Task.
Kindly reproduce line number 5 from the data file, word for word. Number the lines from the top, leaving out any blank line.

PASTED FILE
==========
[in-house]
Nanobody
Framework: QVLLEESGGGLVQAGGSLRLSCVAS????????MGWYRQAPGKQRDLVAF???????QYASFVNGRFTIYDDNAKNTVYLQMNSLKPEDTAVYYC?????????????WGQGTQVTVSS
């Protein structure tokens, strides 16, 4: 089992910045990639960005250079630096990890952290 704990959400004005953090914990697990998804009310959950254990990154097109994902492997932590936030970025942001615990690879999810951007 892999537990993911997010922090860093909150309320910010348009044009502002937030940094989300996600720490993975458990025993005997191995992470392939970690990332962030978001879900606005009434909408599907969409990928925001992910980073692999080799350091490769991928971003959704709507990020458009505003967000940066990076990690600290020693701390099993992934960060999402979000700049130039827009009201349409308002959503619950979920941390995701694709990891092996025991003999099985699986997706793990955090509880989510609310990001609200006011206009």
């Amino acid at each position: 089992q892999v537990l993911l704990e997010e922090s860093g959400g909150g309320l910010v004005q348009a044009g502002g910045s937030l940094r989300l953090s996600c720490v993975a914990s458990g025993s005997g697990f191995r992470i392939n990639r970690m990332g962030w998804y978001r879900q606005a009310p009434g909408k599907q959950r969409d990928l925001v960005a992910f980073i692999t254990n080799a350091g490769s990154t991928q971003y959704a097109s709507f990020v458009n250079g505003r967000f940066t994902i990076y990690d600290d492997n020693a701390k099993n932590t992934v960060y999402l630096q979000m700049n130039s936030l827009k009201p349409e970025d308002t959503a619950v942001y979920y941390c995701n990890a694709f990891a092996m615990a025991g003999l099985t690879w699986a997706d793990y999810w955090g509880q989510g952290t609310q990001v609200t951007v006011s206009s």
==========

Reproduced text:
């Amino acid at each position: 089992q892999v537990l993911l704990e997010e922090s860093g959400g909150g309320l910010v004005q348009a044009g502002g910045s937030l940094r989300l953090s996600c720490v993975a914990s458990g025993s005997g697990f191995r992470i392939n990639r970690m990332g962030w998804y978001r879900q606005a009310p009434g909408k599907q959950r969409d990928l925001v960005a992910f980073i692999t254990n080799a350091g490769s990154t991928q971003y959704a097109s709507f990020v458009n250079g505003r967000f940066t994902i990076y990690d600290d492997n020693a701390k099993n932590t992934v960060y999402l630096q979000m700049n130039s936030l827009k009201p349409e970025d308002t959503a619950v942001y979920y941390c995701n990890a694709f990891a092996m615990a025991g003999l099985t690879w699986a997706d793990y999810w955090g509880q989510g952290t609310q990001v609200t951007v006011s206009s």